Does the Supply Chains S&OP process require software?

Roger OakdenOperations Planning, Supply Chains & Supply NetworksLeave a Comment

People planning

S&OP is a process

The complexity associated with flows through supply chains means that to simplify processes can only help to achieve objectives. And that includes the use of software. There are any number of software suppliers willing to sell applications and tools, but are they necessary and do they complicate the process?

The Planning process is Sales & Operations Planning (S&OP). It is important for all involved in the supply chains of a business to recognise that S&OP is a process, not an IT application. An old saying is that we should “learn to walk before we run”. And because very few businesses that need a planning process have implemented a correct S&OP, the majority need to “learn to walk…”.

This means to ignore articles and presentations which propose that you, for example “…integrate the entire ‘end-to-end’ supply chains so they can run most processes and decisions through real-time, autonomous planning.” This type of advice is a recipe for disaster, similar to those experienced with too many implementations of ERP systems, which promised a world of savings and instead cost plenty, because the basics were not understood.

It is important to be clear about the meaning of Planning thinking into the future regarding the activities required to achieve a desired goal. The key word is thinking. Planning is not about actions or doing – that is the role of Scheduling. An article noted that “Planning must be a process more concerned with policy and objectives than analysing large volumes of data”.

The S&OP process

The Aim of each meeting through the S&OP process is to review the future intentions (i.e. past the ‘freeze’ period) of Sales and Operations and their financial feasibility, as shown in the diagram.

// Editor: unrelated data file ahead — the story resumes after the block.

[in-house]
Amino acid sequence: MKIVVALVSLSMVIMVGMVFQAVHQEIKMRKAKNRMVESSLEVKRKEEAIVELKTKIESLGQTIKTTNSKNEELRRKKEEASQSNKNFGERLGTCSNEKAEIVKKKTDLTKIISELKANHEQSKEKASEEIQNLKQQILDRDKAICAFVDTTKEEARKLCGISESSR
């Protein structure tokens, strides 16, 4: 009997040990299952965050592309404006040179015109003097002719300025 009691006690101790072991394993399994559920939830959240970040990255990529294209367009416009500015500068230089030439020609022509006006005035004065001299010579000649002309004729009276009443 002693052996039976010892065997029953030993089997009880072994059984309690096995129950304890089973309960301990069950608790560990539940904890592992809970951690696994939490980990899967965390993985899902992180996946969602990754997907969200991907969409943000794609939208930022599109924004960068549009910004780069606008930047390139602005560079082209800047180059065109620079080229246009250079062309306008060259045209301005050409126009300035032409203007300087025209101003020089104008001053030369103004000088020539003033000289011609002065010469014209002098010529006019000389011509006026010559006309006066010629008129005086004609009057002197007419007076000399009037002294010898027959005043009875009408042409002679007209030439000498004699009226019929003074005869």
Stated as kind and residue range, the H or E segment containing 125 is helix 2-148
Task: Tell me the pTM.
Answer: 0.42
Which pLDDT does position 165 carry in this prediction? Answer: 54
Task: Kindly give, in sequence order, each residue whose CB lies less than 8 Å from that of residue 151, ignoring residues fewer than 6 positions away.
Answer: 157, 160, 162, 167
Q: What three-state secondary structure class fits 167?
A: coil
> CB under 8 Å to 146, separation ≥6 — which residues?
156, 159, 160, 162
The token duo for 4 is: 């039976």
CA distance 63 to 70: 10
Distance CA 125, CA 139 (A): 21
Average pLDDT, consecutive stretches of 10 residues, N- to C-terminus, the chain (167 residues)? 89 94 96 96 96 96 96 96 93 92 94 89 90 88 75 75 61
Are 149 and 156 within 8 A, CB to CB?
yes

The diagram illustrates that data and information inputs to the process (shown in colour) are mainly held in application external to the S&OP process. Due to circumstances within a business, the volume and quality of the information supplied by each function will most likely grade from manual through spreadsheets, to batch update applications (such as the ERP system) and ‘real time, on-line’ applications (which maybe held in the ‘Cloud’). This could be supplemented by email communications and slides.

While these tools limit the development of multiple scenarios, or answering ‘what-if’ questions, or provide a collaborative workflow and exception messaging, accept these initial limitations. Getting the S&OP process working and enabling a collaborative culture to develop is more important, and indications of success with the S&OP process will hasten approvals for software upgrades. While not the most desired situation, a lack of the ‘right’ computer application(s) is not an acceptable excuse for delaying the implementation of S&OP.

S&OP software needs

The diagram provides examples of the inputs required. As noted, the coloured areas are external inputs, while the non-coloured areas identify the initial S&OP needs:

Information: Documents and Workflow to Facilitate meetings

The administrative aspects of the S&OP process that facilitates the connection of people and information:

  • S&OP policy and procedures
  • Meeting dates over the forward six to twelve months
  • Agenda and attendees for each type of review meeting in a S&OP cycle
  • Identify ‘product families’ used in the S&OP process and standard unit of measure
  • Action calls: identify attendees’ ‘to-do’ tasks from the S&OP Executive meetings and tracking of progress